Why? Again, that there are substantially more feats and cooperative abilities dealing with boosting weapon damage than there are for spell damage. The few feats that exist for spells are relatively unimpressive in comparison (being designed for the Wizard’s AoE attacks, rather than the Warlock’s single-target damage). And at this point I just don’t have the confidence that I’ll be making a good choice — Assuming we play to say 15th level, who’s going to say I’ll still want a feat that only affects Fire damage? Unlike a weapon user, a spellcaster can’t count on something that applied to his spell continuing to apply to future spells.

Another example: Warlocks have a ability called Curse they can apply to the nearest enemy, and when they damage that target they do 1d6 additional damage. Rangers have an ability called Quarry that they can choose on an enemy, and when they damage that target they do 1d6 additional damage. Rogues get a similar ability in Sneak Attack. Both Rogues and Rangers get a feat which increases this additional damage from d6 to d8. Warlocks don’t.

In fact, as a whole, the Warlock has almost no choices. At level one you choose your “pact.” Your pact grants you your two known at-will powers, you do not get a choice. Once you have chosen your pact you have already chosen your paragon path, because they are tied together. There are only four feats specifically for Warlocks in the entire book, and three of them tie into which one of the three pacts you chose (you only can choose the feat associated with your pact).

Even though I’ve been kind of anti-supplement for awhile now, I’m actually looking forward to whatever splatbook Wizards may put out for arcane casters, because the Warlock is sorely lacking in options, and they really do need substantial improvement in terms of choices to stand up to other classes.

4th Edition Flaws, part 1

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Games, Tabletop

So I’ve been playing in my group’s 4th Edition campaign for awhile now, and I think I’ve got a good enough handle on the game so far to feel out things that could be done better.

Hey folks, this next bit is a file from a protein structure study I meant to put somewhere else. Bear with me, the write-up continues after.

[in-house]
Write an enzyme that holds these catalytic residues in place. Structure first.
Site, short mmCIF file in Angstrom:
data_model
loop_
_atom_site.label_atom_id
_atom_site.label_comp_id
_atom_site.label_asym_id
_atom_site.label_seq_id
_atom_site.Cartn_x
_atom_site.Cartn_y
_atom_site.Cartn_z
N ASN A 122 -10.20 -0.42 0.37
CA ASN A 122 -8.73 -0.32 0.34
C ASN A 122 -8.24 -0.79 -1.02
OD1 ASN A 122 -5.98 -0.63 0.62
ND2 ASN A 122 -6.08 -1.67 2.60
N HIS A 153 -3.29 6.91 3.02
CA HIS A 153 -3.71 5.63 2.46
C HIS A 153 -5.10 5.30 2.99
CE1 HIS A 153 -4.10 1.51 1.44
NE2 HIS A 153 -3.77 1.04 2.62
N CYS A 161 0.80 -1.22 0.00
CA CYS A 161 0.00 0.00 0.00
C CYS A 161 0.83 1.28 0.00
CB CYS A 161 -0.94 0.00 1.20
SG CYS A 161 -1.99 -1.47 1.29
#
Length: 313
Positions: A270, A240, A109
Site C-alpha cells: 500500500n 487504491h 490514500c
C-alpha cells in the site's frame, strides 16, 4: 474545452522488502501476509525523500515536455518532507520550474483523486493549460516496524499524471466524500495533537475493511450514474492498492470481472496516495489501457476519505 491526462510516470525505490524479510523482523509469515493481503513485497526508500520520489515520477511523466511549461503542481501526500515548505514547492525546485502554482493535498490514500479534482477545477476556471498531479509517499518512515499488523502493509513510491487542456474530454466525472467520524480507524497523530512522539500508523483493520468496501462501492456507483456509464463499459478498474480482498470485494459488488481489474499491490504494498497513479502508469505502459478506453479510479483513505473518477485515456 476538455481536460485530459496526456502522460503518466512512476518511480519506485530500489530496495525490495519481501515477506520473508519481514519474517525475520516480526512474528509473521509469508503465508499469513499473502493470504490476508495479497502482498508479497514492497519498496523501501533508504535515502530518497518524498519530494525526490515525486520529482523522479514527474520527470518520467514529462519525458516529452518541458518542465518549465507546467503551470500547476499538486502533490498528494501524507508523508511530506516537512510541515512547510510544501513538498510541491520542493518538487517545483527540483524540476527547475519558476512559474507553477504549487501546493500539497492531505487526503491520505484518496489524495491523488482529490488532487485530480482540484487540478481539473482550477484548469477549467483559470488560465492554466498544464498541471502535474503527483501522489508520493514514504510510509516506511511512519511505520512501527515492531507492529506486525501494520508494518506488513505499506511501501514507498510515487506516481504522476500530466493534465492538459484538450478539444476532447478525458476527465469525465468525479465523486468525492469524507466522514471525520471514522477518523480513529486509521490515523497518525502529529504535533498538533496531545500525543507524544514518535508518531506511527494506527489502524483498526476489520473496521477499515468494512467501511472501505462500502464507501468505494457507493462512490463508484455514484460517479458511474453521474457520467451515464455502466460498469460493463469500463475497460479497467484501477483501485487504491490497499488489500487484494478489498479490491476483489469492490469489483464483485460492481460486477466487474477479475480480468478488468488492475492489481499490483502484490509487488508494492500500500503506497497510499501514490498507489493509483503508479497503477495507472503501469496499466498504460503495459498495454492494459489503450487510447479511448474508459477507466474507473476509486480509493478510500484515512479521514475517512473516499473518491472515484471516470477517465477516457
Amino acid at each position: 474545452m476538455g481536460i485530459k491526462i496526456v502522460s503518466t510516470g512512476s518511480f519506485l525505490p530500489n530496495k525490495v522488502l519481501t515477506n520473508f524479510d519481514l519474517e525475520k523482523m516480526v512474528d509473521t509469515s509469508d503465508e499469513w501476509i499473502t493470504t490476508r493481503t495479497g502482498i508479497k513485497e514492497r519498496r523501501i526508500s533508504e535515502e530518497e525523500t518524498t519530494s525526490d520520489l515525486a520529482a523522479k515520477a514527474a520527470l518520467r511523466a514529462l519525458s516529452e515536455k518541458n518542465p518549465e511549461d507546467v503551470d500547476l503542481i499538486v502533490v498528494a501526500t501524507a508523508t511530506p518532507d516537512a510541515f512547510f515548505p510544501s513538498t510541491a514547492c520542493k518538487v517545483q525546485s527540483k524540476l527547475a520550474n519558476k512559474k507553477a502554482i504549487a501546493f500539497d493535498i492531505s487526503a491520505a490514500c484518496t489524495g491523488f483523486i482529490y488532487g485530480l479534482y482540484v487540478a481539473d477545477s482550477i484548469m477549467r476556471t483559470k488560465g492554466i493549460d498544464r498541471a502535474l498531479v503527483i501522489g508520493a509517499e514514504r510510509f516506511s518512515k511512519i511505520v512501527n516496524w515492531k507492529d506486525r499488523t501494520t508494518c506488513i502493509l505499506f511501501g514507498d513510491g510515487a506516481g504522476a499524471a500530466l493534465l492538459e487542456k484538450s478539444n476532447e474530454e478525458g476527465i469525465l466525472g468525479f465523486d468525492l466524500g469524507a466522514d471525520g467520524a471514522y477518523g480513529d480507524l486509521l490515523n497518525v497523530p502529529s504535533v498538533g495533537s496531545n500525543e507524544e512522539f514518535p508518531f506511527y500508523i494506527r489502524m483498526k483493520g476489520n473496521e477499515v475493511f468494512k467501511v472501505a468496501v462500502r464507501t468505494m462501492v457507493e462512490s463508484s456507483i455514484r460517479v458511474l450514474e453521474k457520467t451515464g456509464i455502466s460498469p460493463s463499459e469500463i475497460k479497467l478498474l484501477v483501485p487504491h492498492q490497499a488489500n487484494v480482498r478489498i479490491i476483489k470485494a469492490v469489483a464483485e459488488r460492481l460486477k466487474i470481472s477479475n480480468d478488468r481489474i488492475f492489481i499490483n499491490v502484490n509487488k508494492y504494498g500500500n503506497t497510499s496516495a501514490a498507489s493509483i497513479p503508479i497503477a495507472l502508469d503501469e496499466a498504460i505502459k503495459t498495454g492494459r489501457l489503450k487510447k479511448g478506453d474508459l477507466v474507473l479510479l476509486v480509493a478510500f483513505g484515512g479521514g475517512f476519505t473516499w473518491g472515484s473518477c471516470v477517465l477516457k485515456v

4th Edition is pretty convoluted when it comes to tactics. Once a combat gets going, you’ve got every class slinging around some kind of marker onto enemies, or enemies slinging them back. Positioning matters, and there are a number of abilities that allow constant repositioning. When people say 4th Edition is a miniatures game they’re not kidding – I don’t see any way to play this game except with miniatures.

The character I’m playing is a Warlock (a ranged striker), and I’m noticing a couple of things about the game.

Typically, when a character makes an attack, they roll a d20 and add the relevant ability modifier and a weapon proficiency bonus. That’s all well and good, except as a Warlock I don’t get a weapon proficiency bonus, because all of my attacks are “spells” and don’t use a weapon. On the plus side, my attacks aren’t usually hitting enemies’ Armor Class, but rather their Fortitude, Reflex, or Will defenses. This means I can potentially target the enemy’s weakest defense, which will compensate for not having a weapon proficiency bonus.

Thing is, how am I as a player supposed to determine what defense is an enemy’s weakest defense? I’ve purposefully avoided looking through the Monster Manual and finding info on enemies the GM has thrown at us, but it seems like I’m just hamstringing myself. As far as I’m aware there’s no game mechanic I can use to say, “I want to look at this creature and assess its weaknesses.” Sure, you can guess the extreme cases reliably – The musclebound savage, the darting creature, the brain in a jar – but the problem is when you’re talking about Joe Goblin who has a 15 in everything except Fortitude. You can’t even count on spellcasters having low Fortitude anymore because lots of spells factor in Constitution, and Intelligence counts as a Reflex defense.